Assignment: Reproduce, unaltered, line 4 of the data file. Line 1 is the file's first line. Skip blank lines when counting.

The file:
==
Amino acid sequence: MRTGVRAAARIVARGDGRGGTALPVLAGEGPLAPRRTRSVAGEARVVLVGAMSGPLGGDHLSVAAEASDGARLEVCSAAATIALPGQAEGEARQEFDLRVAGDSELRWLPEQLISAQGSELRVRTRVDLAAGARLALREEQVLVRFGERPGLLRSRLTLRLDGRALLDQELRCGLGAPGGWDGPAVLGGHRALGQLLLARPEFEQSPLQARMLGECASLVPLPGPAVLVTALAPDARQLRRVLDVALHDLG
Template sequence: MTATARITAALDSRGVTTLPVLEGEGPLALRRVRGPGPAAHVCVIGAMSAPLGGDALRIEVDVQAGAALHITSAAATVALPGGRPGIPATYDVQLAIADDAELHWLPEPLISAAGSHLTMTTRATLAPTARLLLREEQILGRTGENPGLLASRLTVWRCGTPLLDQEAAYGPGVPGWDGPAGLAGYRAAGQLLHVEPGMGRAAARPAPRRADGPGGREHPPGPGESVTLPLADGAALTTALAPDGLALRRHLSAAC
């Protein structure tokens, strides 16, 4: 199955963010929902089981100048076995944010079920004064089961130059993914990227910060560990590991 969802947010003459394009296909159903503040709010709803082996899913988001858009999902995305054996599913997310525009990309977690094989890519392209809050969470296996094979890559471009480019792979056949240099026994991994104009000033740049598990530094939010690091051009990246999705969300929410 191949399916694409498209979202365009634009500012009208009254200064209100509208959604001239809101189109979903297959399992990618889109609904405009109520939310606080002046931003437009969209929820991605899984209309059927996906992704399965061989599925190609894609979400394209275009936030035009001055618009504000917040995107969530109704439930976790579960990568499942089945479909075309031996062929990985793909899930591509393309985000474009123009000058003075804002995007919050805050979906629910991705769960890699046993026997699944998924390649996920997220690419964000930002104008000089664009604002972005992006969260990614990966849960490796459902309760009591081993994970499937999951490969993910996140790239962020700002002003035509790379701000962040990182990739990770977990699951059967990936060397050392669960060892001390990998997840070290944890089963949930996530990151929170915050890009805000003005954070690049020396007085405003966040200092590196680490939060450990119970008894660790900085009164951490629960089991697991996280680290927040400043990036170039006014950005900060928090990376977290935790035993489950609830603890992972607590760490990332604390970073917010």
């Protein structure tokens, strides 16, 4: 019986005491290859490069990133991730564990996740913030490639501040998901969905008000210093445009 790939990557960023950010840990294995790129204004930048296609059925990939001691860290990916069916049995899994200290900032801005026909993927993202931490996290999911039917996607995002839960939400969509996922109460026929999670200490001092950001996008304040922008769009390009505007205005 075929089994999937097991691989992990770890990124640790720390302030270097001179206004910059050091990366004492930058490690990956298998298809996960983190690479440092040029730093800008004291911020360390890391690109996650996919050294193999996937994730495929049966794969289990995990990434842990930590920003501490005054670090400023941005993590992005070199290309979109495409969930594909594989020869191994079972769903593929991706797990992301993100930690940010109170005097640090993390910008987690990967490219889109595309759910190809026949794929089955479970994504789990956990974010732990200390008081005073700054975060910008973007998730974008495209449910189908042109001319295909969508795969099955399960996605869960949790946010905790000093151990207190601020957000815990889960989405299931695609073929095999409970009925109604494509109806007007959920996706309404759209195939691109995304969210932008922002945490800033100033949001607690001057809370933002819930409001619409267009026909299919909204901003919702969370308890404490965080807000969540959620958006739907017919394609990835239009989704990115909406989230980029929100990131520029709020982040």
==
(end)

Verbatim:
């Protein structure tokens, strides 16, 4: 019986005491290859490069990133991730564990996740913030490639501040998901969905008000210093445009 790939990557960023950010840990294995790129204004930048296609059925990939001691860290990916069916049995899994200290900032801005026909993927993202931490996290999911039917996607995002839960939400969509996922109460026929999670200490001092950001996008304040922008769009390009505007205005 075929089994999937097991691989992990770890990124640790720390302030270097001179206004910059050091990366004492930058490690990956298998298809996960983190690479440092040029730093800008004291911020360390890391690109996650996919050294193999996937994730495929049966794969289990995990990434842990930590920003501490005054670090400023941005993590992005070199290309979109495409969930594909594989020869191994079972769903593929991706797990992301993100930690940010109170005097640090993390910008987690990967490219889109595309759910190809026949794929089955479970994504789990956990974010732990200390008081005073700054975060910008973007998730974008495209449910189908042109001319295909969508795969099955399960996605869960949790946010905790000093151990207190601020957000815990889960989405299931695609073929095999409970009925109604494509109806007007959920996706309404759209195939691109995304969210932008922002945490800033100033949001607690001057809370933002819930409001619409267009026909299919909204901003919702969370308890404490965080807000969540959620958006739907017919394609990835239009989704990115909406989230980029929100990131520029709020982040």